Industry Tips on Insuring Granny Flats

Using a granny flat as a rental may generate a good income for owners and help ease the current rental crisis. But, just like any other investment, it is wise to make sure you protect it properly with the right landlord insurance.  

Landlord insurance financially protects landlords against the unique risks that renting a property presents.

When you have a second dwelling on the one property, securing appropriate landlord insurance isn’t as simple as it seems

The following scenarios will assist you to make a safe choice when insuring your granny flat.

Scenario 1:  granny flat is located on the same site as the owner’s primary residence 

As the granny flat is built at the same address as the residence, the structure is considered part of the main building, such as a fence or shed.  This means that building insurance for both the main residence and the granny flat need to be taken out with the one insurer. 

In many cases, a standard home and contents policy may not be suitable if the granny flat is being used as a rental. Typical home and contents policies have exclusions on cover when a property is being used for income-generating purposes. Even if the insurer will cover the property if it is being used as a rental, it is usually only through a specialist landlord insurance policy that the risks associated with leasing are adequately covered.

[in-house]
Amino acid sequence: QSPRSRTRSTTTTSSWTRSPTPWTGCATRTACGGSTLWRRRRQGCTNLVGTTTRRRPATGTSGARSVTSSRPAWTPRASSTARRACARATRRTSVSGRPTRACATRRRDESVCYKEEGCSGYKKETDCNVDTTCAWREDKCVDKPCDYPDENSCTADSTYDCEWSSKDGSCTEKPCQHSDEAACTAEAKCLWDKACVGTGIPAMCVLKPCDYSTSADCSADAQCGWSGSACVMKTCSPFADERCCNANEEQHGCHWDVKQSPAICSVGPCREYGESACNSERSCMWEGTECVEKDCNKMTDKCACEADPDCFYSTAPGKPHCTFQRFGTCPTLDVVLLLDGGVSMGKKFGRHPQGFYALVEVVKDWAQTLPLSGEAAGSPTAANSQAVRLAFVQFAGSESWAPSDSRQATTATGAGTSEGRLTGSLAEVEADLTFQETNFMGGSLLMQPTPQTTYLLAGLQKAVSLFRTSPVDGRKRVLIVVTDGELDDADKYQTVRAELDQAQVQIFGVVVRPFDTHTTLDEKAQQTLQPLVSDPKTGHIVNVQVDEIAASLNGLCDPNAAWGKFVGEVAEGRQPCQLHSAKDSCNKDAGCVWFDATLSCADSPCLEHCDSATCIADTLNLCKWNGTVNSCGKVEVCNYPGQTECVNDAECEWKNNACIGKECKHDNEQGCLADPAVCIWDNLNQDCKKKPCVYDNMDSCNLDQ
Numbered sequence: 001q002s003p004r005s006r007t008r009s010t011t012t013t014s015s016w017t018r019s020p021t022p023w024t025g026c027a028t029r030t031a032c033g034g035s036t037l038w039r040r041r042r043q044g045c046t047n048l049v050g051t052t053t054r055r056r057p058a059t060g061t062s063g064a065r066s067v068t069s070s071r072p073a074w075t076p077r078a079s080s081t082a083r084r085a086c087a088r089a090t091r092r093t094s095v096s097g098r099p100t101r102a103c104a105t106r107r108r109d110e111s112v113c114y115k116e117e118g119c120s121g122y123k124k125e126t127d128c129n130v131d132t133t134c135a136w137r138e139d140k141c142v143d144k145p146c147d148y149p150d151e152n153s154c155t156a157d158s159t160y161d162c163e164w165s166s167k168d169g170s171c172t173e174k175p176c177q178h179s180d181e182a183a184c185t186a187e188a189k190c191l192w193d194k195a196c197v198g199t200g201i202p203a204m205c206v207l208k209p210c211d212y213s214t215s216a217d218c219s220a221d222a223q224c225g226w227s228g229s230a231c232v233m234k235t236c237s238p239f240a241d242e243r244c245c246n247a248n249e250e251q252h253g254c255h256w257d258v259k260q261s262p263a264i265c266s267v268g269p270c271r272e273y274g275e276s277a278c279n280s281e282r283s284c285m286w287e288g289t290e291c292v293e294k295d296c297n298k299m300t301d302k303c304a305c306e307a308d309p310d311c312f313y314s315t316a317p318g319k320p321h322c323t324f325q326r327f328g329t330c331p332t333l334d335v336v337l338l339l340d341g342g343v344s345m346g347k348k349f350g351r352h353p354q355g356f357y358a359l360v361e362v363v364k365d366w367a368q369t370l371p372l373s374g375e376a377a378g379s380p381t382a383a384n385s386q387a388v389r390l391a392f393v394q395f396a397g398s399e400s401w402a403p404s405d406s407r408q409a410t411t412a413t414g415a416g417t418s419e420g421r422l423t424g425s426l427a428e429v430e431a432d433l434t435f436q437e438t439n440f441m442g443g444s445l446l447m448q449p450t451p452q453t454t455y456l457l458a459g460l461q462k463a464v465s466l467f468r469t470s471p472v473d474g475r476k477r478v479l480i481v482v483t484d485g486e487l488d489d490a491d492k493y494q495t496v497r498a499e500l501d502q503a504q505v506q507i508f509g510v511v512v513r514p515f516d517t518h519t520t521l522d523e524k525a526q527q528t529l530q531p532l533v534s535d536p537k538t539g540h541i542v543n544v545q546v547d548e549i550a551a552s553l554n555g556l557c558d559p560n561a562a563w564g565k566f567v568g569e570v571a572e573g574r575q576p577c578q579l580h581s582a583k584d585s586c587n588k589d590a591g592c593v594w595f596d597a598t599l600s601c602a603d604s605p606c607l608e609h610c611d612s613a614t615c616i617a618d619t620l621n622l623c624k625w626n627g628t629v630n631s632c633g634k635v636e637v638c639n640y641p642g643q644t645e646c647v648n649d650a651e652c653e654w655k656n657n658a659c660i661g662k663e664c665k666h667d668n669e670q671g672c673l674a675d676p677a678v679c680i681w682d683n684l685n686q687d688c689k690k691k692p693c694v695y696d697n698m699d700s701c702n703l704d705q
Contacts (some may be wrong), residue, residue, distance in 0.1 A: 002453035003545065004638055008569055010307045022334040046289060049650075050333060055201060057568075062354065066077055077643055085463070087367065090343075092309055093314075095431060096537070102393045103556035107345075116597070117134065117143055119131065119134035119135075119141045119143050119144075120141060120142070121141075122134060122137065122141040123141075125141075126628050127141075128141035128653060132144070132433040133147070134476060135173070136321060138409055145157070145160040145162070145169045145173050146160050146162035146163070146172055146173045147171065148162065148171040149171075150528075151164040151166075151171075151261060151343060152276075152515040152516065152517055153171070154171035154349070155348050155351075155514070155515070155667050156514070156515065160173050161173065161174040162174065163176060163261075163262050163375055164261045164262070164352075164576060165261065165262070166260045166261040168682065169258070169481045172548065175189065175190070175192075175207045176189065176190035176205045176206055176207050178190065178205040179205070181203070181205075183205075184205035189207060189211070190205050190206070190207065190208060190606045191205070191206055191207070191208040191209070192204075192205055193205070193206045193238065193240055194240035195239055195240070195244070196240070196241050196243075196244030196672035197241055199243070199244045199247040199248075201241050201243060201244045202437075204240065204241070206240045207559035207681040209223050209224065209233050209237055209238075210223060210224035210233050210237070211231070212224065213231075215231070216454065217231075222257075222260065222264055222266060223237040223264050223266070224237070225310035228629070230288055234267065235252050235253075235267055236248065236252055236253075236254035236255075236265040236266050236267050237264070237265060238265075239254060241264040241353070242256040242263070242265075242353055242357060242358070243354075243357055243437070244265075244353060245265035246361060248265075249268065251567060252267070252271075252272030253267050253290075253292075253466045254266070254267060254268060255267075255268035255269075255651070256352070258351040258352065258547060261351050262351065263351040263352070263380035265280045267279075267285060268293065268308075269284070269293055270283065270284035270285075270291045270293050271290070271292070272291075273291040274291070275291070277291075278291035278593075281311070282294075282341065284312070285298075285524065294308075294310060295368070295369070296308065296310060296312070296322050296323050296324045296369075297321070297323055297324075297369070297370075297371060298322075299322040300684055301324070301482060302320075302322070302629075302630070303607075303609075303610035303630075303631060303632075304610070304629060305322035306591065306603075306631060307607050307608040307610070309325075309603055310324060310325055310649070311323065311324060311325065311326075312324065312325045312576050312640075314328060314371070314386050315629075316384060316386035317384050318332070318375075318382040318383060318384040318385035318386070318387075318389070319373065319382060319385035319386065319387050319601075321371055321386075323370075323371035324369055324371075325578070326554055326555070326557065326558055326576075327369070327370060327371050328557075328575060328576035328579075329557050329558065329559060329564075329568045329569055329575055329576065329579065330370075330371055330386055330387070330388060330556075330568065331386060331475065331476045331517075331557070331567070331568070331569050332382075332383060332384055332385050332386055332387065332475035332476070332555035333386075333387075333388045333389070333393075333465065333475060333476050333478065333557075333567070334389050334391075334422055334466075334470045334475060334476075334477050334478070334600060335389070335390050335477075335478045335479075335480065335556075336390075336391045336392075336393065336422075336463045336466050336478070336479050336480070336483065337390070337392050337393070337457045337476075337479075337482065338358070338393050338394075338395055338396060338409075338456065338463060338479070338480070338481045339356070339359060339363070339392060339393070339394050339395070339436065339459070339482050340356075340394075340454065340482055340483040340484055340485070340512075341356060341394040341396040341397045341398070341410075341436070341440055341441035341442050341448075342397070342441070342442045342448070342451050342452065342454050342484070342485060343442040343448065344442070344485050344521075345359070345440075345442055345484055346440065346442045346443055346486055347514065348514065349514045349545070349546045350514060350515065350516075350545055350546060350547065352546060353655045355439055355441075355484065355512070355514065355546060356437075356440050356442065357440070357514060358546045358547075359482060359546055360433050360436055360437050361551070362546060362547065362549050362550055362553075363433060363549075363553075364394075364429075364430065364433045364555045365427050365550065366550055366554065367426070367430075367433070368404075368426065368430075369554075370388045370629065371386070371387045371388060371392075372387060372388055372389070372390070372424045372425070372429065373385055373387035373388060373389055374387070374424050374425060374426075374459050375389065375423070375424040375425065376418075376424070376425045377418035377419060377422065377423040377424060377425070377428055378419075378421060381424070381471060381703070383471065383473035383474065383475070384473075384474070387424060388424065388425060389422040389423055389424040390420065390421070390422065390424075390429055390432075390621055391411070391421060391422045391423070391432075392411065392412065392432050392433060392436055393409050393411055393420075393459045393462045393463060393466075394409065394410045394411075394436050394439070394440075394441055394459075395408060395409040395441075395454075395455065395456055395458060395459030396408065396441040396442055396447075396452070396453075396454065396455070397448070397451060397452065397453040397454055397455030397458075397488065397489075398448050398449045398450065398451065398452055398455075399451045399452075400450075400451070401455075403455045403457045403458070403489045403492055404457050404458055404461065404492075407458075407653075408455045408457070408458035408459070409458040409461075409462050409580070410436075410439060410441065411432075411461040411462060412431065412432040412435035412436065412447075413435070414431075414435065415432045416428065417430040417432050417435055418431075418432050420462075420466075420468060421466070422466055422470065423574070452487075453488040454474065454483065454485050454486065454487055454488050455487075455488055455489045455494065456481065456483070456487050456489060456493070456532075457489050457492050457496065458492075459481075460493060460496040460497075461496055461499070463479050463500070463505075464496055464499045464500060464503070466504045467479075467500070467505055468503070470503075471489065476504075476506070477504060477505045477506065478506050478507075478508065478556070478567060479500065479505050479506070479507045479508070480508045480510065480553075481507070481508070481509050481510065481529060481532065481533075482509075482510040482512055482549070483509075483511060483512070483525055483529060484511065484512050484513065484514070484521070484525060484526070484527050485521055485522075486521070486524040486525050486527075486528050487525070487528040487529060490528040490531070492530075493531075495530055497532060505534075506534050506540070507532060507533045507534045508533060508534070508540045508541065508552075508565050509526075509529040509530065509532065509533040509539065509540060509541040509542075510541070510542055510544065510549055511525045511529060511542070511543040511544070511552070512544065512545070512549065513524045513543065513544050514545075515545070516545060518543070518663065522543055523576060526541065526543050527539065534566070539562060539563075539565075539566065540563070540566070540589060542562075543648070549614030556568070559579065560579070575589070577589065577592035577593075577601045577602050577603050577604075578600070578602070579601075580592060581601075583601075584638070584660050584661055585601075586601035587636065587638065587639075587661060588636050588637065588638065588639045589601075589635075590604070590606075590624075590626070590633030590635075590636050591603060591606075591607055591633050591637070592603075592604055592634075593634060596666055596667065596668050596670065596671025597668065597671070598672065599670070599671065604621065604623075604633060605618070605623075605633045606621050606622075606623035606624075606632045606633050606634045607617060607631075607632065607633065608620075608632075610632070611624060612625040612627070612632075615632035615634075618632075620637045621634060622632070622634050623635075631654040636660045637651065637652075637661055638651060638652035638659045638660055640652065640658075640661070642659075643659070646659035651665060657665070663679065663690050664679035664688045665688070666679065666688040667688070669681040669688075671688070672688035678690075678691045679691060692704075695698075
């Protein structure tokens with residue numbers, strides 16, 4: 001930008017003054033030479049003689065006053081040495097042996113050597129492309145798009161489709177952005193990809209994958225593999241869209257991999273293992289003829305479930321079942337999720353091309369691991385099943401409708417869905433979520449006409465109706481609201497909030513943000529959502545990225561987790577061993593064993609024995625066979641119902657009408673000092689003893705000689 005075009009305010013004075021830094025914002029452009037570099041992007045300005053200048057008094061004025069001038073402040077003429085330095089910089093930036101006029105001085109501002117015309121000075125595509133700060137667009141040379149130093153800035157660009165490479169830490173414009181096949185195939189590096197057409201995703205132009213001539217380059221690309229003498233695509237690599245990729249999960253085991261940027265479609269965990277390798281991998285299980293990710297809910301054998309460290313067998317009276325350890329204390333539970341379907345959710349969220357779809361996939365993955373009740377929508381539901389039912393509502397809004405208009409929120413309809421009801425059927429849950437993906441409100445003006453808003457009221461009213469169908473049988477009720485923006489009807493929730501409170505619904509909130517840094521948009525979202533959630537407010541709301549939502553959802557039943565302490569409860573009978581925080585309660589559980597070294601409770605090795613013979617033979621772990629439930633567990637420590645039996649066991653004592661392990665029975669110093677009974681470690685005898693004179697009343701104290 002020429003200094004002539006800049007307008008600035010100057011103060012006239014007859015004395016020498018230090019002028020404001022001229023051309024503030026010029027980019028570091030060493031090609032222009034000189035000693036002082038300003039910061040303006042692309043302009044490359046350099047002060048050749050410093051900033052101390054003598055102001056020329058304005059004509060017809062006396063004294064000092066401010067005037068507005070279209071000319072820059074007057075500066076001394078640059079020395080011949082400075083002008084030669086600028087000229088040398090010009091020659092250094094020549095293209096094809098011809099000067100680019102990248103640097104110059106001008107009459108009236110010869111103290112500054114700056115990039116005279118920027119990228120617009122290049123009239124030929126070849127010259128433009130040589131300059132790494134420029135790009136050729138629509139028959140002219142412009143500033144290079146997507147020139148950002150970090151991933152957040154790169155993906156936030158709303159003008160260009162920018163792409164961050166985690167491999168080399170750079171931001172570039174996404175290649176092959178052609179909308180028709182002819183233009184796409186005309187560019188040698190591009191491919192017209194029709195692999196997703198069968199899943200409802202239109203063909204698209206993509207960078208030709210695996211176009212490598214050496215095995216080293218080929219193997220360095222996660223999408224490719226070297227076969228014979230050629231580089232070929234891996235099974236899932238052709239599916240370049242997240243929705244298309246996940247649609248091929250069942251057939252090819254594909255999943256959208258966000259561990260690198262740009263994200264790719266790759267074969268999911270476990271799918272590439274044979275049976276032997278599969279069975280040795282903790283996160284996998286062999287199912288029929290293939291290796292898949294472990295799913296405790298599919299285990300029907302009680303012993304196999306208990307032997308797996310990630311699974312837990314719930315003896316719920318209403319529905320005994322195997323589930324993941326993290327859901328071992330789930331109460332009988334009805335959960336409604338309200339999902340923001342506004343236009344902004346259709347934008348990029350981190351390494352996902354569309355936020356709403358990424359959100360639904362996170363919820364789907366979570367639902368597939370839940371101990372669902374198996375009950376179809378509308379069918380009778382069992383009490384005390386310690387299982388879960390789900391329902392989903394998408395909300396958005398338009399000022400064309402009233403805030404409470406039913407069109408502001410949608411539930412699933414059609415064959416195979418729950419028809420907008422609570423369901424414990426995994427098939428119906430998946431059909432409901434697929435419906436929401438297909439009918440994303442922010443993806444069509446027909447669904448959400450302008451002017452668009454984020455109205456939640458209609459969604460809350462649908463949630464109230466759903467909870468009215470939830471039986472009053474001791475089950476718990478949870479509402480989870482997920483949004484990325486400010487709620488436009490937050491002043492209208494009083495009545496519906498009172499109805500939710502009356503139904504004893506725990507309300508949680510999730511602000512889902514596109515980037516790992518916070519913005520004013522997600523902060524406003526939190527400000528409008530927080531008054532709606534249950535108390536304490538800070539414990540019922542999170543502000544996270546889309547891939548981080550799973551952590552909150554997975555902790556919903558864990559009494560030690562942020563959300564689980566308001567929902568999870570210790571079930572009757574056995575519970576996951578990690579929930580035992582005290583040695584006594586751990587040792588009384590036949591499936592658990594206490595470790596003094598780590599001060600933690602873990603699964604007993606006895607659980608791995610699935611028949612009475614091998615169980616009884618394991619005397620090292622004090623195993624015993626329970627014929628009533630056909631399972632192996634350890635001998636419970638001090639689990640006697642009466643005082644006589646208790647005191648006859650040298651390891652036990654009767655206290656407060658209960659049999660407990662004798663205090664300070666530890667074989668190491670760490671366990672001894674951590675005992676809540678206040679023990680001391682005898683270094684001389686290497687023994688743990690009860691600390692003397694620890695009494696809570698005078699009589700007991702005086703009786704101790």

TIP:  You need to makes sure that your insurer would agree given part of the property is being used as a rental.  

Scenario 2 – granny flat is located on the same site as an investment property 

If both properties are being used for the same type of tenancy (ie, rental accommodation), a single policy with building cover may be suitable. This cover may include financial protection for the building structures against a range of insured events plus cover for loss or damage to contents, legal liability and loss of rent provisions.  

TIP:  Make sure your insurer notes both residences on the insurance policy.

Scenario 3 – granny flat is on a separate title 

If the property has been subdivided and the granny flat is on a separate title (it has its own address), then a policy with building cover may be suitable.  The general rule is that each address requires its own insurance policy. 



When selecting an insurance policy, consider the following features: loss of rent, tenant damage, legal liability, cover for insured events like fire, storm and flood and pet damage. Typically, a standard home and contents policy does not offer cover for tenant-related risks. Instead, consider looking to a specialist landlord insurance provider like EBM, Terri Scheer, MGI and SGUA so you can cover all the risks you might face as an investment owner.